Three of the established plants which I chose to retain when developing my PAST GARDEN were the Guelder Rose, two Pomegranate Trees and a Jade Plant, all established and well located on a side fence. We can be too quick to dispose of the old in order to plant something new, different and “trendy”, but the garden needs structure and as these three were flourishing, it was easy to introduce new shrubs and climbers to fill the gaps and completely hide the fence.
GUELDER ROSE – Viburnum opulus is a species of flowering plant native to Europe, northern Africa and central Asia. The common name ‘guelder rose’ relates to the Dutch province of Gelderland, where a popular cultivar, the snowball tree, supposedly originated. This hardy, vigorous shrub is ideal for a woodland garden or shrub border. It offers interest for most of the year with large, lacy cap-like white flowers.
Quote from Malcolm Campbell: “Guelder roses rise to beauty – Viburnum ‘Opulus’ is best cut back to knee-height after the flowering has finished. It makes a large, untidy, shrub unless cut back quite hard every 3-4 years after the flowering has finished. Remove any dead wood. I just put the chainsaw through them and now they are the talk of the street in each garden where I had the courage to do that.”
In my garden the Guelder Rose helped to cover a less than beautiful side fence, hence I was not quite as brutal as Malcolm Campbell (professional Horticulturalist and Presenter) when it came to pruning as I preferred to enjoy the transition from green to white as the flower heads changed through the seasons.
POMEGRANATE – Punica granatum is a fruit-bearing deciduous shrub or small tree growing between 5 and 8m tall. It is extremely long-lived, with some specimens in France surviving for 200 years. The pomegranate originated in the region of modern day Iran, and has been cultivated since ancient times throughout the Mediterranean region and northern India. In recent years it has become more common in the commercial markets of Europe and Australia.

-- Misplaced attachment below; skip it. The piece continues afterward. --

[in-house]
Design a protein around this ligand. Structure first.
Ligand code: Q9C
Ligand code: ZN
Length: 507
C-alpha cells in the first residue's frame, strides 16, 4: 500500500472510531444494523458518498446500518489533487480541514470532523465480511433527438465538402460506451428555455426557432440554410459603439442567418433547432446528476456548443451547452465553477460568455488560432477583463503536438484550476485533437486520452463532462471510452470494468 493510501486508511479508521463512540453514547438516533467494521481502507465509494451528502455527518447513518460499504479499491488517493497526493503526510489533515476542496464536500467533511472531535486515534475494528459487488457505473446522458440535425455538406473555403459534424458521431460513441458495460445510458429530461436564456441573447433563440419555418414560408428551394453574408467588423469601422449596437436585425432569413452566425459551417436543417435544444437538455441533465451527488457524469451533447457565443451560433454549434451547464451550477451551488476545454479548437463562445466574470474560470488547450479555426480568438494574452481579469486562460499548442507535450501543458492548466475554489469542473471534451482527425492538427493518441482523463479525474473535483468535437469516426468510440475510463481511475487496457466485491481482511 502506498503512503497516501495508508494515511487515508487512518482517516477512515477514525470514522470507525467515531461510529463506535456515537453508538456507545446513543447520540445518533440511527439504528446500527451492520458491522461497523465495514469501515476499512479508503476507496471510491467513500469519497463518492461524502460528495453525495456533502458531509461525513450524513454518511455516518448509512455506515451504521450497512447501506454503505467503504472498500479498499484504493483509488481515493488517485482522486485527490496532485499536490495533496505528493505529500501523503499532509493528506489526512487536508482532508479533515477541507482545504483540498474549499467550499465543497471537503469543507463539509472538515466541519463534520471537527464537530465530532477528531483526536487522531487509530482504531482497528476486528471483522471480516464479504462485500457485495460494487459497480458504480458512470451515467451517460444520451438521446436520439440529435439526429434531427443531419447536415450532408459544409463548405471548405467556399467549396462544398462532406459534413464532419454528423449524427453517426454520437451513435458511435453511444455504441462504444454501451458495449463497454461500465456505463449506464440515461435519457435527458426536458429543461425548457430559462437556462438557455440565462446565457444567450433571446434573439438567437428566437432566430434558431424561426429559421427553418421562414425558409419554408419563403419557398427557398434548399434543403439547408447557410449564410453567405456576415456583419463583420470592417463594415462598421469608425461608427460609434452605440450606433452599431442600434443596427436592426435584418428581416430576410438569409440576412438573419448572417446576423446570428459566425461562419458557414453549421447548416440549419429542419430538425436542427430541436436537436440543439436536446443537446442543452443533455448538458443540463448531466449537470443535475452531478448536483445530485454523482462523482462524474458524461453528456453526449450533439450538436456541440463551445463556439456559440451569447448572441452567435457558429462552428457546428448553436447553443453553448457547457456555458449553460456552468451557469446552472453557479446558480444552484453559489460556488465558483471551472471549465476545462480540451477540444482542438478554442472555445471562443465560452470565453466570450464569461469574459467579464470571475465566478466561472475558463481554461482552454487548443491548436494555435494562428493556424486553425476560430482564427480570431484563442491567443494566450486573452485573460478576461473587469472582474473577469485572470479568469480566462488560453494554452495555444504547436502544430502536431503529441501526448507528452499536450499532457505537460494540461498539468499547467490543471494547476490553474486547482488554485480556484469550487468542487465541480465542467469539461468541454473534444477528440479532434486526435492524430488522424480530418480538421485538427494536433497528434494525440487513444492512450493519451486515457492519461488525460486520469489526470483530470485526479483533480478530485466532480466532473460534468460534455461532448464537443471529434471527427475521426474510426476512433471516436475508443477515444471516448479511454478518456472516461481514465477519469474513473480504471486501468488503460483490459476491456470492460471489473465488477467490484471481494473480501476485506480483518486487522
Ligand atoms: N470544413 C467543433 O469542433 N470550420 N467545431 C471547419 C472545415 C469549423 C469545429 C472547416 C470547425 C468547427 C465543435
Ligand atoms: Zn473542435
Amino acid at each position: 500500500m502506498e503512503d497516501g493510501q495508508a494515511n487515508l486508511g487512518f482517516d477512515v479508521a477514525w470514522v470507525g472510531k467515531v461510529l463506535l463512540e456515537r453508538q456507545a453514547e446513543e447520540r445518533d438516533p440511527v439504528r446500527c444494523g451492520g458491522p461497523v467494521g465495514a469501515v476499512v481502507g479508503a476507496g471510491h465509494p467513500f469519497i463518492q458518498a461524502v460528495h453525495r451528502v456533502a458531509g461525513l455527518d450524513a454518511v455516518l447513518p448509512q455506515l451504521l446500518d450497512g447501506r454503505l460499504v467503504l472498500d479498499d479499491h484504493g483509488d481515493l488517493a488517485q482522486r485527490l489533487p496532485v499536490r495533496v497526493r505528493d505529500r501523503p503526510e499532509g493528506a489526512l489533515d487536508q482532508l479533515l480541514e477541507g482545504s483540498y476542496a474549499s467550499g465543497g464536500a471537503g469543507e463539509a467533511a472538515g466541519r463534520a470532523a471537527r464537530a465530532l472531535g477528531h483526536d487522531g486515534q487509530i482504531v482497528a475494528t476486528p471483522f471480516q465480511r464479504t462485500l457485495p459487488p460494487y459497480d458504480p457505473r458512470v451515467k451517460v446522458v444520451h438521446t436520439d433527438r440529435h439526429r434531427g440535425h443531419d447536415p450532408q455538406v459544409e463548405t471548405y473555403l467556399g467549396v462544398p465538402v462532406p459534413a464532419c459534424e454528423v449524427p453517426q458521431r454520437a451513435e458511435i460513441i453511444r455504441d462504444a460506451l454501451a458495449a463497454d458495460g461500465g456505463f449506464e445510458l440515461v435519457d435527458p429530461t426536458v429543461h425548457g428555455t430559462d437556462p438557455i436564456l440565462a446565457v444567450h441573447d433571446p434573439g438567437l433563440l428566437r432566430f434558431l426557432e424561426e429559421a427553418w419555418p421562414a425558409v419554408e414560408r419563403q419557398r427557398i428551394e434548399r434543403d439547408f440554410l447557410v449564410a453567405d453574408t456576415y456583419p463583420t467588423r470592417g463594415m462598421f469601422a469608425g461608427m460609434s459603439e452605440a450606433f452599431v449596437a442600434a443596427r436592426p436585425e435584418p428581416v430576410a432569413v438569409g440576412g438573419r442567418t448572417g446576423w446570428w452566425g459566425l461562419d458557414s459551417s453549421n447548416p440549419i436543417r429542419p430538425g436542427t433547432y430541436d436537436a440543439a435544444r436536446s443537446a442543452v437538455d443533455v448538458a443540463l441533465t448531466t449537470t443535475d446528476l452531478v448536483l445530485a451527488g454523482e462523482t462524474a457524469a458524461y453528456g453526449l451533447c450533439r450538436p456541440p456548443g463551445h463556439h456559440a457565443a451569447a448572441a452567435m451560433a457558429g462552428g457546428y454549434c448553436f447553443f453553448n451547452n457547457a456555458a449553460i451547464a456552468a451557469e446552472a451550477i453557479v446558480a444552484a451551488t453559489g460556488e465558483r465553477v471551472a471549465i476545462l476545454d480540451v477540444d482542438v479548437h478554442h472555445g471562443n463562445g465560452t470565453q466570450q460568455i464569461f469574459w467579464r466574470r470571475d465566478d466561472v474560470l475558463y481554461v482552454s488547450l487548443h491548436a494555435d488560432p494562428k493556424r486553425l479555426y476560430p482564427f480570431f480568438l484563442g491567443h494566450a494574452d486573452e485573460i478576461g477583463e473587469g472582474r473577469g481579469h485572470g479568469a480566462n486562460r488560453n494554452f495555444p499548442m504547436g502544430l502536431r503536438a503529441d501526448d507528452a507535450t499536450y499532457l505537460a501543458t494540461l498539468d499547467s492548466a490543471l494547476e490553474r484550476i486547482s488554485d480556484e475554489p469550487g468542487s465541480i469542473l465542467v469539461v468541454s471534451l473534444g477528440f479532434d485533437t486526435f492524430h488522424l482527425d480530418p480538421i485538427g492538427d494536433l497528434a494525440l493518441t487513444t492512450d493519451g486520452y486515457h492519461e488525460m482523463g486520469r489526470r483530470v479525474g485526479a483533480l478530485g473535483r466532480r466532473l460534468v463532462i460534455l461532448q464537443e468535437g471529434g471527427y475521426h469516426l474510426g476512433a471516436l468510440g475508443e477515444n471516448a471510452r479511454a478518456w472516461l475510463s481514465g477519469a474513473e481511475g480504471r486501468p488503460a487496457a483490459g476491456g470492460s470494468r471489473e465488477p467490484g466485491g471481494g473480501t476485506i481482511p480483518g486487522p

The fruit is round and about the size of a large apple. It has hard, thick reddish skin enclosing hundreds of seeds. The seeds are the only edible part of the pomegranate and are used in both sweet and savoury dishes including salads, drinks, sauces and desserts. They have a distinctive tangy-sweet flavour. Early this year, when dining with an amazing view of Sydney Harbour I enjoyed a very different salad of Kale, Quinoa and Pomegranate and it was one to remember.
No photo of the salad but this is the view
To prepare – cut pomegranates in half and then use a small spoon to scoop out the seeds, taking care to avoid the bitter white pith. If the juice is required, transfer the seeds to a muslin-lined sieve and leave standing to let the juice trickle out, pressing seeds occasionally. Alternatively use a juicer.
JADE PLANT – Crassula 0vata, commonly known as jade plant, friendship tree or money tree, is a succulent plant with small pink or white flowers. It is native to South Africa, and is common as a houseplant worldwide. It is evergreen with thick branches and shiny, smooth rich jade green leaves that grow in opposing pairs along the branch. New growth is the same colour and texture as the leaves but becomes brown and woody with age. Under the right conditions the plant may produce small white or pink star-like flowers in early spring. After 15 years, and in a very dry season, I enjoyed flowers.
As a suburban homeowner we sometimes crave privacy and this can often be achieved by adding height to fencing. One option is to add lattice-work which gives a greater sense of enclosure and I chose to use it near my driveway. A Bougainvillea, planted previously, was extremely happy to climb higher and higher, creating another pruning job, of course, but I gained a cheerful outlook from my kitchen window.
“Block out the sight of the true surroundings and a garden can transport you anywhere. Trees, shrubs, fences and walls can become the curtains to your garden”.